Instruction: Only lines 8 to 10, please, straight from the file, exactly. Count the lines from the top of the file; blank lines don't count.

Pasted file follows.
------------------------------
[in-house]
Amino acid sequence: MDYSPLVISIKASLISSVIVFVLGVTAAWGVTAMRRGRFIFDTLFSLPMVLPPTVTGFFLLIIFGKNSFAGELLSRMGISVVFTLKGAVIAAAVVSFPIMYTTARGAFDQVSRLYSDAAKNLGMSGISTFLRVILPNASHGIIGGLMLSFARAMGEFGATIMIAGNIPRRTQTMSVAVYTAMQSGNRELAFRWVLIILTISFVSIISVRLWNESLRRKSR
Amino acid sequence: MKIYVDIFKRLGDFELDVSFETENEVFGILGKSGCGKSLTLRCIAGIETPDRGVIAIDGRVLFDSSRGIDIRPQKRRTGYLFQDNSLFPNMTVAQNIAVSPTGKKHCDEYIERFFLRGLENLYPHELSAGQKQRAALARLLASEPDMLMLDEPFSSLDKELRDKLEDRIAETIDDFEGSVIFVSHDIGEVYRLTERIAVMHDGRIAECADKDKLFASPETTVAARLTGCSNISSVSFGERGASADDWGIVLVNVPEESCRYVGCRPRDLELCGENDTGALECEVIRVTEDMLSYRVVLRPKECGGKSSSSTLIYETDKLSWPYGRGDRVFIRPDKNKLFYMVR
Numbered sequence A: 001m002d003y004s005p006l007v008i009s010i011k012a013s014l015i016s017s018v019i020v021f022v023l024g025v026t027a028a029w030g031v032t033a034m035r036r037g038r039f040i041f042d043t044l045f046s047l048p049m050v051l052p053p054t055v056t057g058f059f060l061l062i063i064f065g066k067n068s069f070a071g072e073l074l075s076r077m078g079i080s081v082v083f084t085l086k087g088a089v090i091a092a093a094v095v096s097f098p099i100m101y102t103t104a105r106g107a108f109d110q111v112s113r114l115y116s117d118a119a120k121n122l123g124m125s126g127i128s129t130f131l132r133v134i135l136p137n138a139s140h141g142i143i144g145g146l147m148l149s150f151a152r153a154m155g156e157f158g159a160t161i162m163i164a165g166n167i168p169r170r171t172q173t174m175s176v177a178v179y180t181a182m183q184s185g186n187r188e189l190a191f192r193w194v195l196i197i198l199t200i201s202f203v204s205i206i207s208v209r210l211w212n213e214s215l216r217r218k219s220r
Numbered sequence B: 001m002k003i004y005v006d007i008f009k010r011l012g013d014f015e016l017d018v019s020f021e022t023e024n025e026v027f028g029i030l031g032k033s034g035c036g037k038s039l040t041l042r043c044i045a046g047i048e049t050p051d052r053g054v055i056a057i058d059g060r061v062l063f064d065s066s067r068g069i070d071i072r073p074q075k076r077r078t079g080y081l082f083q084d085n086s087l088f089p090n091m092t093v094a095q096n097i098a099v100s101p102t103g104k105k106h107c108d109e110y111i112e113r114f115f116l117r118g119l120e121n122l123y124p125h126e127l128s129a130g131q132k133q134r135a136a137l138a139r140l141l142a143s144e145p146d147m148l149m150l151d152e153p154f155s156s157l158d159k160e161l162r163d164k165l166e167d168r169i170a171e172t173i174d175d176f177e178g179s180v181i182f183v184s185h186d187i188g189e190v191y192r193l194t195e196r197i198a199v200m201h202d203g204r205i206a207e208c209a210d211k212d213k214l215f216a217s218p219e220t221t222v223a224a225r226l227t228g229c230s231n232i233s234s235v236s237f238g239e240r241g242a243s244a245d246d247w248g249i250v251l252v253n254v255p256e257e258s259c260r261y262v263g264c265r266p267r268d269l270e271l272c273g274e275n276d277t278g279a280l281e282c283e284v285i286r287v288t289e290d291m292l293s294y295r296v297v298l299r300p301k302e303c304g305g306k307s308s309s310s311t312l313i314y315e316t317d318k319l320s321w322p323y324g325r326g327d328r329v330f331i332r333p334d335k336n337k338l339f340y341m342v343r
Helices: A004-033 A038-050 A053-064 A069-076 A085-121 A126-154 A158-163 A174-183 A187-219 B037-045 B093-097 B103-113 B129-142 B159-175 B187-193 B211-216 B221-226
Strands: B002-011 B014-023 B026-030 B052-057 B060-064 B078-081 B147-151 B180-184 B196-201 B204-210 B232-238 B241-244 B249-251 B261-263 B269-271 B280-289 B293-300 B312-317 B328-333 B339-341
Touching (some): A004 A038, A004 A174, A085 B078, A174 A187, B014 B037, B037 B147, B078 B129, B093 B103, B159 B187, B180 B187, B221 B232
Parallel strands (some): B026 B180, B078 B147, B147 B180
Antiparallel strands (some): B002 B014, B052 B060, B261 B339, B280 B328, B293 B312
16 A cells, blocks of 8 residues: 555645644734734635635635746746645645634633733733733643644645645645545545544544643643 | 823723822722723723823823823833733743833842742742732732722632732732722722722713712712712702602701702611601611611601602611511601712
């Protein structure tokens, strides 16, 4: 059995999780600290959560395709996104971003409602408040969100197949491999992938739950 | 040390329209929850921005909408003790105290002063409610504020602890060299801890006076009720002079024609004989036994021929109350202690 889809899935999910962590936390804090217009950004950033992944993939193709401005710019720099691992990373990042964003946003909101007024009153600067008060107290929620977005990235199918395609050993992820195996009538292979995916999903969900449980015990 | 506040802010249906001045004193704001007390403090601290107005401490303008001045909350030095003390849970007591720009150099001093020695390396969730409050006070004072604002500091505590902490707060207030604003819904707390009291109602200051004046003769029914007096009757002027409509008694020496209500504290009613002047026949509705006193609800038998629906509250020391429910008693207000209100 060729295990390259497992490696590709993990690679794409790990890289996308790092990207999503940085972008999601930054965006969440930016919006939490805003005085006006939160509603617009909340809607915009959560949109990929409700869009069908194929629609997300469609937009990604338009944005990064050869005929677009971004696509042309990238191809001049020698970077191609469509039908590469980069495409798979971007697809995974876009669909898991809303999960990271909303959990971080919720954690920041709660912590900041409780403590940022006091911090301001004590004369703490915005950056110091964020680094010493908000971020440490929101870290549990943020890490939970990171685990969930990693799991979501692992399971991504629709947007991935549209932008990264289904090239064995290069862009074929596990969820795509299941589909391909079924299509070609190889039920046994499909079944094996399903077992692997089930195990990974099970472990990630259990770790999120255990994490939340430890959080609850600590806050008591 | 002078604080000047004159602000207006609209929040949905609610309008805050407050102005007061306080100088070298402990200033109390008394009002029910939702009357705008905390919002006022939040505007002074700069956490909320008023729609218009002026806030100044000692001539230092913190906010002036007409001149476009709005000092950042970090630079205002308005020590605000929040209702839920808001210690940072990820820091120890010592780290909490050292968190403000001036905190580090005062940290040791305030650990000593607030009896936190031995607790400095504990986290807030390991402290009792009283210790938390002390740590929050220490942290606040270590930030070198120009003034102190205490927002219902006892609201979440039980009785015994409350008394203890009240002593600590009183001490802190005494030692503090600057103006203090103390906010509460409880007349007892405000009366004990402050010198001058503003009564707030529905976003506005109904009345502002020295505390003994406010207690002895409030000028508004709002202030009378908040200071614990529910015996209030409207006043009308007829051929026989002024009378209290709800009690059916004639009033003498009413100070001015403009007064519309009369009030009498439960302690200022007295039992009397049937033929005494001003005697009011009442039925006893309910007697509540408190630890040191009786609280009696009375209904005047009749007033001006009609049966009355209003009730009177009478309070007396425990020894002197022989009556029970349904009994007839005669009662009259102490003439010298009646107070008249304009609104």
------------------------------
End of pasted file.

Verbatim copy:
Touching (some): A004 A038, A004 A174, A085 B078, A174 A187, B014 B037, B037 B147, B078 B129, B093 B103, B159 B187, B180 B187, B221 B232
Parallel strands (some): B026 B180, B078 B147, B147 B180
Antiparallel strands (some): B002 B014, B052 B060, B261 B339, B280 B328, B293 B312